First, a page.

Step 2: Inquire about study material language options
Before registering at the driving school, I inquired about whether or not it offered the material and exams in English. English is the safest option if your level of Spanish is next to zero. Note: Whatever language you decide on will be the one you will take your written test in. My particular school offers study materials in both Spanish and English (and if I’m not mistaken, Chinese and other languages). However, the driving school themselves told me that their English materials were not a good translation of the original Spanish ones, so I took the Spanish option, and because the level of my Spanish is adequate. The English option was more expensive anyway. If you’re competent in Spanish, it’s more useful to study and take the written test in Spanish because, after all, the signs on the roads are in Spanish (ok, except for the “stop” sign).
Step 3: Manual vs. automatic
Do you know how to drive a manual transmission? If not, ask the driving school if they have an automatic car available, because most schools are limited to manual cars only. My school had one automatic vehicle which was shared between its franchises in the entire city of Madrid. If you want, you can choose to take your classes with an automatic car provided your driving school is in possession of one. It’s more expensive, though. Whichever of the two you choose will be that same physical car on d-day (when you take the driving test). WARNING: If you decide on the automatic transmission, however, your Spanish license will limit you to drive automatic cars ONLY. If you decide on the manual transmission, then you will be allowed to drive both an automatic and a manual car.
Step 4: Inquire about a virtual driving simulator
More and more driving schools are beginning to have virtual driving simulator machines . This helped me tremendously because I never drove a manual transmission car so it soothed my nerves a bit because I knew that I wouldn’t kill anyone or actually crash into something real. Furthermore, taking classes on a simulator is cheaper than driving classes in an actual car on the street. My first 10 lessons were on a simulator. By the time I began classes in a real car, I knew how to handle the clutch and stick shift more or less. It can be tricky driving with a manual for the first time in Madrid due to the quantity of drivers and each one driving according to their own rules and regulations. The simulator is not meant to substitute real life driving. Use it only at the beginning.
Step 5: Fees, fees and more fees
We’re not made of money, but it appears that we are to driving schools. Let´s face it, they are money-making businesses. Make sure you know exactly how much the registration fee and exams cost. Driving schools will make you pay for the written and driving test in advance – at the time of paying the registration fee. If you do not pass a test, you will be required to pay part of or the full price again. You will also be required to obtain a medical and psycho-technical certificate which costs between 35-50 Euros. Usually driving schools include a few driving lessons in their package, and if they don’t, then call them out on it because with high fees like that, you deserve some free driving lessons. Be prepared to invest between 700-1200 Euros in obtaining your license from start to finish.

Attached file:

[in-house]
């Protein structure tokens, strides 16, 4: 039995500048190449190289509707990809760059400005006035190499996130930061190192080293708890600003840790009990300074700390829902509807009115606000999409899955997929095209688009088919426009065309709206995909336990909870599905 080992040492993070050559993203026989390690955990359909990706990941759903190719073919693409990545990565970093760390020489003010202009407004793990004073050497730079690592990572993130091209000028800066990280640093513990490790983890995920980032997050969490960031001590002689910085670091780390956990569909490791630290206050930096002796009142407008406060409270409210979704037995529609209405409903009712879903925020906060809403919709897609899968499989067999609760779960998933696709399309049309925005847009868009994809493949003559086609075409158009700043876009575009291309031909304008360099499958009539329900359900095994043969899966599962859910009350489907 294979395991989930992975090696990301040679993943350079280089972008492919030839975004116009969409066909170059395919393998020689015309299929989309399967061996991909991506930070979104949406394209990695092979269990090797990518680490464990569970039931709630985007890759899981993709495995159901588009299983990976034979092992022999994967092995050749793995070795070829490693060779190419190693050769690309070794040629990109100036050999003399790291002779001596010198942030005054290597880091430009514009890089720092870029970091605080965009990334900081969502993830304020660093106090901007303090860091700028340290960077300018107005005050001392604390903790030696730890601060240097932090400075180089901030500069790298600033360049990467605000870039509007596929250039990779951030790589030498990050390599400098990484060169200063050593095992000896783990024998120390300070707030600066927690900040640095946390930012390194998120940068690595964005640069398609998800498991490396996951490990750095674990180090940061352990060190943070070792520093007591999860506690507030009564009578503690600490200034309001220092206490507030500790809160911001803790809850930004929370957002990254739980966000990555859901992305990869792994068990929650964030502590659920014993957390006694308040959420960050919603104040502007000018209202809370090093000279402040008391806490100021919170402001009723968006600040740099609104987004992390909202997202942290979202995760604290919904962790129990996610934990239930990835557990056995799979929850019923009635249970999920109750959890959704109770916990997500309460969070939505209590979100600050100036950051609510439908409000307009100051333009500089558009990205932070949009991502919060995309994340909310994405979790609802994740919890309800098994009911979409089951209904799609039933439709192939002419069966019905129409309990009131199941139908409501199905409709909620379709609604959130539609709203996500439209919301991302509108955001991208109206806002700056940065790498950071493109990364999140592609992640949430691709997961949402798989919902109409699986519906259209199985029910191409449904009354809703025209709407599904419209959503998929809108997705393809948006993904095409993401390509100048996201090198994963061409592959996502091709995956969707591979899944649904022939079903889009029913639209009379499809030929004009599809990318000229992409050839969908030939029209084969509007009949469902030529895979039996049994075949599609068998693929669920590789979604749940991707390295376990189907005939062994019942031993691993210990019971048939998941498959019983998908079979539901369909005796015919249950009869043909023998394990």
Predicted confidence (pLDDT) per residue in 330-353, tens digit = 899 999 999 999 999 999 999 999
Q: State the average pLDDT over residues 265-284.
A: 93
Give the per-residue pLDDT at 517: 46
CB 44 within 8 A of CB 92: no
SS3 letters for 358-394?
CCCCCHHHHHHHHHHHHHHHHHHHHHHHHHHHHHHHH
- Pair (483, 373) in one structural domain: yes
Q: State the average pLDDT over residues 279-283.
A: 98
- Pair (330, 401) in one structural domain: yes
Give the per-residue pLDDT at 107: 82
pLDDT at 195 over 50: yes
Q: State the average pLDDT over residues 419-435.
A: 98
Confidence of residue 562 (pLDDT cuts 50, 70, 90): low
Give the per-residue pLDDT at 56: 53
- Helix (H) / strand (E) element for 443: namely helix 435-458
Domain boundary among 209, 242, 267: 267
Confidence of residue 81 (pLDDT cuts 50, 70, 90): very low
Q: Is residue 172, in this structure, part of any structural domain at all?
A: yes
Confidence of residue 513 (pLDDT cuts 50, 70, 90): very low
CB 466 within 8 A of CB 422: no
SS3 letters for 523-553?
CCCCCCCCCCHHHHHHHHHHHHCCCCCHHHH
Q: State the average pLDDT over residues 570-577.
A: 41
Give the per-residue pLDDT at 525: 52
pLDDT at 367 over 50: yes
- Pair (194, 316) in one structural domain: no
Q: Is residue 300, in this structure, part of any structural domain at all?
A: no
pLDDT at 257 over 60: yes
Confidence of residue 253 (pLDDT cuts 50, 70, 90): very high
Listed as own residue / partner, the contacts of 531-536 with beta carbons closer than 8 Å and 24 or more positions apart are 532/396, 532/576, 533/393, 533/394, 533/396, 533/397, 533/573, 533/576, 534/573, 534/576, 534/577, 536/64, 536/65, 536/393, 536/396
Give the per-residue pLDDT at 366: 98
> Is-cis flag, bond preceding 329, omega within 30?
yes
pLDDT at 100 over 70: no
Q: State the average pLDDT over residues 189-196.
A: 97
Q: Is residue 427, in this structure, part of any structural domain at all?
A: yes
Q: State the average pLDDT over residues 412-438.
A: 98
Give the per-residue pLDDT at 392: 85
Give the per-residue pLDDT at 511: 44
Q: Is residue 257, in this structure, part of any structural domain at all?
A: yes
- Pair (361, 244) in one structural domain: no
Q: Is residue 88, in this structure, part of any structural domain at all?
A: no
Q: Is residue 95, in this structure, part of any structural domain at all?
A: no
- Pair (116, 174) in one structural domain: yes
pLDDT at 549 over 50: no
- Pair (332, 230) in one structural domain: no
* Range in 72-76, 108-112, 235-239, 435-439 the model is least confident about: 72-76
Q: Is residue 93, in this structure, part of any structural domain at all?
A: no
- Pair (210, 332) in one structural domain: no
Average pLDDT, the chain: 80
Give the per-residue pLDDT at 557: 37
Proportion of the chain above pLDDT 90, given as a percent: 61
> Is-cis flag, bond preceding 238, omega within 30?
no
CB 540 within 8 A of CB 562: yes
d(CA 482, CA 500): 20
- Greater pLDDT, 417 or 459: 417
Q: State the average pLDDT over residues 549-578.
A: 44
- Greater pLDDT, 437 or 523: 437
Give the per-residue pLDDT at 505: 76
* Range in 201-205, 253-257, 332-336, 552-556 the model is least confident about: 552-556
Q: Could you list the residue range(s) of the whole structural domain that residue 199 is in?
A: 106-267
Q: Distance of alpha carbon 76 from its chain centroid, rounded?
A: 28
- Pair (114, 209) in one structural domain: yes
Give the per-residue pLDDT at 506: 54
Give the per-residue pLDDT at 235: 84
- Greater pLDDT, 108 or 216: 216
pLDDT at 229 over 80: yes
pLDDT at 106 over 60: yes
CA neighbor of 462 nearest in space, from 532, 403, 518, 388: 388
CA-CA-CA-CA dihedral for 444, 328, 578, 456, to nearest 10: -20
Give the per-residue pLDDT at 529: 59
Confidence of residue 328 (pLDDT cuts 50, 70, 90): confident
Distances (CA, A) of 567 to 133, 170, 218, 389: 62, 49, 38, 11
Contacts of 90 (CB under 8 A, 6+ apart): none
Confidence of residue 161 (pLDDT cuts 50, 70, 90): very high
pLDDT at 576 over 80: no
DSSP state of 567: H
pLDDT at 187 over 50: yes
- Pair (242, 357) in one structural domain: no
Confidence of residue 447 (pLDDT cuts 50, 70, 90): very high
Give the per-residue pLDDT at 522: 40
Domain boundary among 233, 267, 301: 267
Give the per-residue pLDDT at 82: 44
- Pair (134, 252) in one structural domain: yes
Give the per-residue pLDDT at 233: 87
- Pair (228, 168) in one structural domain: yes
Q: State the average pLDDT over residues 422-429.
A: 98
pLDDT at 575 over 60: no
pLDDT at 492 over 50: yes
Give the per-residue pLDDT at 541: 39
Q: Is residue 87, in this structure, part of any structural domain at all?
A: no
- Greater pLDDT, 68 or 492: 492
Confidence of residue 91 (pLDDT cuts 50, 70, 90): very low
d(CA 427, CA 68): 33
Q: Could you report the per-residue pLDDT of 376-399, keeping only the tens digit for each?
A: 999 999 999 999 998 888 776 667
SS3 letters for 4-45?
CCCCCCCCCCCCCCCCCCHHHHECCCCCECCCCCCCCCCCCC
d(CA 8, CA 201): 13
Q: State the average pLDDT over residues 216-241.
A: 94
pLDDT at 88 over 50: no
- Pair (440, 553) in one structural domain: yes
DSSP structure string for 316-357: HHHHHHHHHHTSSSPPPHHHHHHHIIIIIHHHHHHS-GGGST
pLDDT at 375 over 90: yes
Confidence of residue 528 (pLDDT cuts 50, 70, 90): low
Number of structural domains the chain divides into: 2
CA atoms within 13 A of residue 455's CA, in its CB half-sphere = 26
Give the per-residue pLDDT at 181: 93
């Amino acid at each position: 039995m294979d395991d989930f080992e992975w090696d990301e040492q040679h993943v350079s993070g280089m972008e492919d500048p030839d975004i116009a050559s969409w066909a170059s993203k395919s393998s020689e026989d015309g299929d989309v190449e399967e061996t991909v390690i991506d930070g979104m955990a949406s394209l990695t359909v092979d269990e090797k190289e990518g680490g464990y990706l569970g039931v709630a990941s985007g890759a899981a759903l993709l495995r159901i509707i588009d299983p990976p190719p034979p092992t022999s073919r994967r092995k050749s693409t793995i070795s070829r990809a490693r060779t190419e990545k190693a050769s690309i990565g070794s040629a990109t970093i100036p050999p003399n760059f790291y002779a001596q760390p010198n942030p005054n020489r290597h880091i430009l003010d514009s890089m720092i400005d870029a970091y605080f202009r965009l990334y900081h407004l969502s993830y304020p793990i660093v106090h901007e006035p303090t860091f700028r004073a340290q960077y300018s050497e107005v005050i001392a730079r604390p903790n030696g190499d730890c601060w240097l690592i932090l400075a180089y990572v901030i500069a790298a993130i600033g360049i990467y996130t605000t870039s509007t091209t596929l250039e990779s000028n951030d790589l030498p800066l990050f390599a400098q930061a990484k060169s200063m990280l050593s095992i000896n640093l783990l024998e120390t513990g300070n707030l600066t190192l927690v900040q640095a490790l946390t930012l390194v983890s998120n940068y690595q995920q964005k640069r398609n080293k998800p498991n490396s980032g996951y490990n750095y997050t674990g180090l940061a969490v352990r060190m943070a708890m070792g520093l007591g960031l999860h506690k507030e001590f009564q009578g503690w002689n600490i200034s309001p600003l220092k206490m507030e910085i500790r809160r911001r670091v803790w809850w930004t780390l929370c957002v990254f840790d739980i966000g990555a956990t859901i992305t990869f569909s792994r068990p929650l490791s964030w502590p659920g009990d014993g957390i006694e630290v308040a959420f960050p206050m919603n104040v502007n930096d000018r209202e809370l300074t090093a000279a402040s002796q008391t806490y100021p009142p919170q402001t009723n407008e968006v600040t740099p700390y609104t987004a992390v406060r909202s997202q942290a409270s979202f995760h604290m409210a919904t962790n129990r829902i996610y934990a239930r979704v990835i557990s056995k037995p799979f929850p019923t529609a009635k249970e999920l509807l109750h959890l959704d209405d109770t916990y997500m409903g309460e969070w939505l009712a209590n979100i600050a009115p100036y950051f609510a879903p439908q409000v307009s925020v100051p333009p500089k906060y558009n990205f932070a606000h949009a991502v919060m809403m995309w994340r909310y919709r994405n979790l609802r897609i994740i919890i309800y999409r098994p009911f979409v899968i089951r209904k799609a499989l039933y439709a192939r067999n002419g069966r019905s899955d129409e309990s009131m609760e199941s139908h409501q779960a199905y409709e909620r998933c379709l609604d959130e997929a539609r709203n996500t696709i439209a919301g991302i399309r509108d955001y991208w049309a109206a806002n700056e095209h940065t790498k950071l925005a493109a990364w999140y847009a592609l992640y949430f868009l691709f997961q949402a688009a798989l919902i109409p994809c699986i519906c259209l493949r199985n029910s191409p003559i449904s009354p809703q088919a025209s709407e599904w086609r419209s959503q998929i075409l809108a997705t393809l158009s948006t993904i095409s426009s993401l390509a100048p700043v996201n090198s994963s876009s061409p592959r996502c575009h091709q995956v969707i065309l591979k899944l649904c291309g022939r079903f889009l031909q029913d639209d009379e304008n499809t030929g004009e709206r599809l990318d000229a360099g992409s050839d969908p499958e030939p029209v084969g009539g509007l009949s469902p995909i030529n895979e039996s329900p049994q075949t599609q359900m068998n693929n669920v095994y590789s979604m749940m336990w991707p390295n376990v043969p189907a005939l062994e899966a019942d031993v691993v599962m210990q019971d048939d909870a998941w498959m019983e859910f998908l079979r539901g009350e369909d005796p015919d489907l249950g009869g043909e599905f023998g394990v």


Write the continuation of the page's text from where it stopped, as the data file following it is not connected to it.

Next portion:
Step 6: Avoid delaying once you’ve started studying
The time it will take you to obtain the license purely depends on you and how much time you are willing to dedicate on studying for the tests. I got the license in a span of several months because during the summer there are less tests and the driving school and the place where tests are carried out shut down in August. It could get ugly if employees don’t get their beach time. Once you’ve started studying for the written test, take the exam as soon as you feel prepared, because you still have the driving test to pass. Plus, you’ll need to remember a few things from the driver’s handbook for the driving test.
Step 7: What you need to know about the written test on the day of your test
The written test is taken on a computer in a room filled with a couple hundred people. If you consider cheating, forget it, because the people beside you will have a different version of the test. The computers are touch screen, meaning, you use your fingers to maneuver through the questions. There are 30 questions and your time limit is 30 minutes, which, if you know your material well enough, should be more than enough time to complete the test. If you get stuck, try your luck and raise your hand and ask one of the invigilators walking around to clarify a question for you. They usually have no problem with this, and they almost feel sorry for you when they notice that you’re not Spanish (from your accent), so they may be nice enough to give away a hint, discreetly. If you fail the written test, once, twice or more, don’t worry, this happens to many people. Some questions are structured to trick you, and it could be challenging even if your mother tongue is Spanish.
Step 8: Congratulations! Now, practice driving.
After you pass the written test, the next step is to prepare for and pass the driving test. I recommend on taking some driving classes in the city of Alcorcon or Móstoles, since they are where the tests take place. They’re about 30 km from the city of Madrid. You can take public transportation to get to one of your driving school franchises there. You will never be examined in the city of Madrid. Not only will it be a tad easier to practice driving in those areas because they are much smaller than Madrid, but you will get to see the roads and experience driving in the areas where the actual tests take place. For instance, the test areas (Alcorcon and Móstoles) have lots of roundabouts (rotaries and traffic circles), whereas the city of Madrid has more stop signs and traffic lights. If you fail your driving test once or multiple times, keep trying. Each examiner is different and they are infamous for their arbitrary ways of grading you, plus, it depends on their mood. Driving tests is a business in itself, so it’s to their benefit that they fail students. What’s that you say? You know how to drive and you already have a driver’s license from another country? I’m sorry, but that doesn’t mean anything here. So buckle up, and put your pride aside.